You can choose to combine both the fleet scaling and time-based schedule approaches to manage more complex scenarios. This is useful to manage the number of running instances based on business and non-business hours, and still respond to changes in demand. You could programmatically change the minimum and maximum sizes for your fleet based on time of day or day of week, and apply the default scale-out or scale-in policies. This allows you to respond to predictable minimum demand based on a schedule.

For example, at the start of a work day, you might expect a certain number of users to request streaming connections at one time. You wouldn’t want to wait for the fleet to scale out and meet this requirement. However, during the course of the day, you might expect the demand to scale in or out, and would want to match the fleet size to this demand.

To achieve this, set up the scaling polices via the console, and create a Lambda function to trigger changes to the minimum, maximum, and desired capacity for your fleet based on a schedule. Replace the code for the Lambda function that you created earlier with the following code:

'use strict';

/**
This AppStream2 Update-Fleet function sets up a schedule for a streaming fleet
**/

const AWS = require('aws-sdk');
const appstream = new AWS.AppStream();
const applicationAutoScaling = new AWS.ApplicationAutoScaling();

const fleetParams = {
  Name: 'ds-sample-fleet', /* required */
  ComputeCapacity: {
    DesiredInstances: 1 /* required */
  }
};

var scalingParams = {
  ResourceId: 'fleet/ds-sample-fleet', /* required - fleet name*/
  ScalableDimension: 'appstream:fleet:DesiredCapacity', /* required */
  ServiceNamespace: 'appstream', /* required */
  MaxCapacity: 1,
  MinCapacity: 6,
  RoleARN: 'arn:aws:iam::659382443255:role/service-role/ApplicationAutoScalingForAmazonAppStreamAccess'
};

exports.handler = (event, context, callback) => {
    
    console.log('Received this event now:', JSON.stringify(event, null, 2));
    
    var resource = event.resources[0];
    var increase = resource.includes('weekday-9am-increase-capacity')

    try {
        if (increase) {
            //usage during business hours - start at capacity of 10 and scale
            //if required. This implies at least 10 users can connect instantly. 
            //More users can connect as the scaling policy triggers addition of
            //more instances. Maximum cap is 20 instances - fleet will not scale
            //beyond 20. This is the cap for number of users.
            fleetParams.ComputeCapacity.DesiredInstances = 10
            scalingParams.MinCapacity = 10
            scalingParams.MaxCapacity = 20
        } else {
            //usage during non-business hours - start at capacity of 1 and scale
            //if required. This implies only 1 user can connect instantly. 
            //More users can connect as the scaling policy triggers addition of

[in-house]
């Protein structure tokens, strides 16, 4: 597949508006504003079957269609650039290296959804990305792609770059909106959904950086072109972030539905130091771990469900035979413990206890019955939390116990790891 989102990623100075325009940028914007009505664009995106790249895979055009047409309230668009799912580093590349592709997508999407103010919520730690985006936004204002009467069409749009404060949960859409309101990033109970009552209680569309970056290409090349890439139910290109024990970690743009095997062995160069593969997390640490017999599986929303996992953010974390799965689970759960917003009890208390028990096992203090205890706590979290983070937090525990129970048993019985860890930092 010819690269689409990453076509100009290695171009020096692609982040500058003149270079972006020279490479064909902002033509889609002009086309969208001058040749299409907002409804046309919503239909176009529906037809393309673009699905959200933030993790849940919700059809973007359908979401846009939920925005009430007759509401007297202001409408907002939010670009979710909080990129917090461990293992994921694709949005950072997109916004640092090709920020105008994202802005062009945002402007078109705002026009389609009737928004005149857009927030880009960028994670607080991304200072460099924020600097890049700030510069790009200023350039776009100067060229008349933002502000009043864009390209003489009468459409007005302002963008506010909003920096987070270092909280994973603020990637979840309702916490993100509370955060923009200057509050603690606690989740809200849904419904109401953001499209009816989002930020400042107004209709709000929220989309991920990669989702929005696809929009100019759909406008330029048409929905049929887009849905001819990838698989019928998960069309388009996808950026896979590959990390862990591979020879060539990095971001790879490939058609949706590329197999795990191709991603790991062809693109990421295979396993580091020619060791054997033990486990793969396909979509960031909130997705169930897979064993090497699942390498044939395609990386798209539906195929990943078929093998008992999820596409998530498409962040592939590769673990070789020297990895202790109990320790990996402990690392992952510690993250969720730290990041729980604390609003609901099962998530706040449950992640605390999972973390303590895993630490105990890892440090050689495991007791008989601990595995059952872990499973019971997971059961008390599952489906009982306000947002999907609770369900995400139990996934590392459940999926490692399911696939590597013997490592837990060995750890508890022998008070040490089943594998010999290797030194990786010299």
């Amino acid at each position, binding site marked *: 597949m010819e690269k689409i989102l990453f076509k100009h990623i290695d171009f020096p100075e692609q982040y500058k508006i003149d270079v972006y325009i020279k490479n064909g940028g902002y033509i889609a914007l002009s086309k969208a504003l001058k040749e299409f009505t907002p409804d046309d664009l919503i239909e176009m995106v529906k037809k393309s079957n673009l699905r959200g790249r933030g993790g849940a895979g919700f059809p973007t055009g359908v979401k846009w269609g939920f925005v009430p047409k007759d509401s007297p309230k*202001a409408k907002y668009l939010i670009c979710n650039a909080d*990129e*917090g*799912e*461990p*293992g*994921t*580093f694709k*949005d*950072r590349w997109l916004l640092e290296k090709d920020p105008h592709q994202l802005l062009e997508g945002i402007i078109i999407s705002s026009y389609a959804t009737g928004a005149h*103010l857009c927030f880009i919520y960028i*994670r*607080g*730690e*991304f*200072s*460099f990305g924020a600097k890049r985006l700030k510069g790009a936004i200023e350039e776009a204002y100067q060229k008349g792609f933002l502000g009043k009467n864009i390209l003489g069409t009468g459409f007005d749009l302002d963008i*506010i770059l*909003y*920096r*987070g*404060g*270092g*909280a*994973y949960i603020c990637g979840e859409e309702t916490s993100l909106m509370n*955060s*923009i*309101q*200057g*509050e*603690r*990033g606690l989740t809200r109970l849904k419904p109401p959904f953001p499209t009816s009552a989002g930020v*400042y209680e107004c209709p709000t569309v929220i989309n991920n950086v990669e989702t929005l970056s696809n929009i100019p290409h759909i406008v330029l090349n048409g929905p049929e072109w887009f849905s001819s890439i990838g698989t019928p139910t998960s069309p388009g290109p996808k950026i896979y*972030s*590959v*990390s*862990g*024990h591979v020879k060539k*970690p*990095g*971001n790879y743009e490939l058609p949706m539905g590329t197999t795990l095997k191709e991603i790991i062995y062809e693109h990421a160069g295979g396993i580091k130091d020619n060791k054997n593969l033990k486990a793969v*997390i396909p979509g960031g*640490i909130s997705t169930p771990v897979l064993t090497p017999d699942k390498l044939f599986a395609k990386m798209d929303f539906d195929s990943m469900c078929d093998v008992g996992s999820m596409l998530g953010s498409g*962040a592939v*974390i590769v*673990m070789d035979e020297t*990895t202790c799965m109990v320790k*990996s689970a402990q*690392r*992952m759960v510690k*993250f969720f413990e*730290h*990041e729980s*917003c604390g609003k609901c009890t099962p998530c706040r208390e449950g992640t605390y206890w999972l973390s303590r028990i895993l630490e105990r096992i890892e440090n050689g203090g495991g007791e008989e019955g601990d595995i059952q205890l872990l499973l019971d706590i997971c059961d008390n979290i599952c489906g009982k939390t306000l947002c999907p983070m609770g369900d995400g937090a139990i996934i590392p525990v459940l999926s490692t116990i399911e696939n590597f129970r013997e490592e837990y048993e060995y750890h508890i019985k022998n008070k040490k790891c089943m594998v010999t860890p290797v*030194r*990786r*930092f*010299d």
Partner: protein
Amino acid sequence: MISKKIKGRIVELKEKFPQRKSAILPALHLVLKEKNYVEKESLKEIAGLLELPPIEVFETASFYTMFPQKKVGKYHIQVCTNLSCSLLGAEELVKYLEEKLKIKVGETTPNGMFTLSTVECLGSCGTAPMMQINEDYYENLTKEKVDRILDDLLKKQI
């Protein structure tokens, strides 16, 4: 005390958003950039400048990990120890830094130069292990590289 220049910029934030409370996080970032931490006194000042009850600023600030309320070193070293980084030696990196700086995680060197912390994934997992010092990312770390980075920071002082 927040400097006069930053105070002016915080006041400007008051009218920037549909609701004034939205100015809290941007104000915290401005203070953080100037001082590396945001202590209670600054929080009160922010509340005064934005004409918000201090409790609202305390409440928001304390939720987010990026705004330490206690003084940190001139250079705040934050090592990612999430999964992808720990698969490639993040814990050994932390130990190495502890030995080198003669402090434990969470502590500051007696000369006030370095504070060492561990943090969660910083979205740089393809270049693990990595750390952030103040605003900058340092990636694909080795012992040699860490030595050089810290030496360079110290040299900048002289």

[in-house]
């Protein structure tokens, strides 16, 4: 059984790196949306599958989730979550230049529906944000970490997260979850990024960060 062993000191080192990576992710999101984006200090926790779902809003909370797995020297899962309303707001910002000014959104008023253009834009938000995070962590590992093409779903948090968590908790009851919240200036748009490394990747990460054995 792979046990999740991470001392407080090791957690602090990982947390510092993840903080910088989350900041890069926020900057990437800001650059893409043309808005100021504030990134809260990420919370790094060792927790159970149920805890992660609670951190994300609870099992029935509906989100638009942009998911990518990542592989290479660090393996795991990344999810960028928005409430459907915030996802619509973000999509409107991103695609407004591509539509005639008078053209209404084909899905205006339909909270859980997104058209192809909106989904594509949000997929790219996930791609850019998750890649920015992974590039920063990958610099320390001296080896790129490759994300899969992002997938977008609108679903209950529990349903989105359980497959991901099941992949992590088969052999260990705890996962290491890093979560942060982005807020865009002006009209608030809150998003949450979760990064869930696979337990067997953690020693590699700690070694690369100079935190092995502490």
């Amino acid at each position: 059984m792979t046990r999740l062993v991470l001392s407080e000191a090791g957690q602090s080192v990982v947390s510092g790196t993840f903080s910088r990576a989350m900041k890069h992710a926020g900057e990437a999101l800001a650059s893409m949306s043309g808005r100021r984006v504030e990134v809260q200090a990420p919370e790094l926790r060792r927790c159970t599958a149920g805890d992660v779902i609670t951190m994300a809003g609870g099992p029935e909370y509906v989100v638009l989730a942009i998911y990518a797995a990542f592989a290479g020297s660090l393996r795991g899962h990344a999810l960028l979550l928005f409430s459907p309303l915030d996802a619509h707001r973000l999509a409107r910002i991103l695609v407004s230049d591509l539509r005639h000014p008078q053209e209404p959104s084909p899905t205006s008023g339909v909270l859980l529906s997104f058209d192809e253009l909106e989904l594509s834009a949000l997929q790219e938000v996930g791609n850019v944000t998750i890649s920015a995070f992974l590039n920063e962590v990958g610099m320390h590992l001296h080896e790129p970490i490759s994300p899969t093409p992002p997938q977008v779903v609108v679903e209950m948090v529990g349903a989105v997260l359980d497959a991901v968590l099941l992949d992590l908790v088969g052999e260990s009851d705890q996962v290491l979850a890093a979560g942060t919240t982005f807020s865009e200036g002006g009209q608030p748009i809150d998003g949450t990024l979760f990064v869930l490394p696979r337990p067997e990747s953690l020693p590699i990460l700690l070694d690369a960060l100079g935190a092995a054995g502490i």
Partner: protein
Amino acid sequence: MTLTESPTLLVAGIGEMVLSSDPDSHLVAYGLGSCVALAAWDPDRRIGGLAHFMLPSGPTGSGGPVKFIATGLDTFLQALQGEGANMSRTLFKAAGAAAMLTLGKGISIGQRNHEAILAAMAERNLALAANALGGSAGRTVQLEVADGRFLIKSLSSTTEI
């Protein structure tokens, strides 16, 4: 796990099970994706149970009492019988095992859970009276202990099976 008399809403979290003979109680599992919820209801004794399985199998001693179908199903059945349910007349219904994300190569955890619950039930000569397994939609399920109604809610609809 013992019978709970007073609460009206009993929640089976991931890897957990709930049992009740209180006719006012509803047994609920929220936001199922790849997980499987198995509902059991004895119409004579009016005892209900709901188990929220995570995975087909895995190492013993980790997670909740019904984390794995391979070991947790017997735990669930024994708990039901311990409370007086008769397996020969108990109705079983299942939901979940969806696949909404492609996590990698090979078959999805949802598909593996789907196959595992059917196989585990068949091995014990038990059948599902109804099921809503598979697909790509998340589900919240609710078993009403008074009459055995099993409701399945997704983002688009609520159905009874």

//more instances. 
            fleetParams.ComputeCapacity.DesiredInstances = 1
            scalingParams.MinCapacity = 1
            scalingParams.MaxCapacity = 10
        }
        
        //Update minimum and maximum capacity used by the scaling policies
        applicationAutoScaling.registerScalableTarget(scalingParams, (error, data) => {
             if (error) console.log(error, error.stack); 
             else console.log(data);                     
            });
            
        //Update the desired capacity for the fleet. This sets 
        //the number of running instances to desired number of instances
        appstream.updateFleet(fleetParams, (error, data) => {
            if (error) {
                console.log(error, error.stack);
                return callback(error);
            }

            console.log(data);
            return callback(null, data);
        });
            
    } catch (error) {
        console.log('Caught Error: ', error);
        callback(error);
    }
};

Note: To successfully execute this code, you need to add IAM policies to the role used by the Lambda function. The policies allow Lambda to call the Application Auto Scaling service on your behalf.

Figure 10: Inline policies for using Application Auto Scaling with Lambda

{
"Version": "2012-10-17",
"Statement": [
   {
      "Effect": "Allow", 
         "Action": [
            "iam:PassRole"
         ],
         "Resource": "*"
   }
]
}
{
"Version": "2012-10-17",
"Statement": [
   {
      "Effect": "Allow", 
         "Action": [
            "application-autoscaling:*"
         ],
         "Resource": "*"
   }
]
}

Monitoring usage

After you have set up scaling for your fleet, you can use CloudWatch metrics with AppStream 2.0, and create a dashboard for monitoring. This helps optimize your scaling policies over time based on the amount of usage that you see.

For example, if you were very conservative with your initial set up and over-provisioned resources, you might see long periods of low fleet utilization. On the other hand, if you set the fleet size too low, you would see high utilization or errors from insufficient capacity, which would block users’ connections. You can view CloudWatch metrics for up to 15 months, and drive adjustments to your fleet scaling policy.

Figure 11: Dashboard with custom Amazon CloudWatch metrics

appstreamscaling_13.53%20PM

Summary

These are just a few ideas for scaling AppStream 2.0 and optimizing your costs. Let us know if these are useful, and if you would like to see similar posts. If you have comments about the service, please post your feedback on the AWS forum for AppStream 2.0.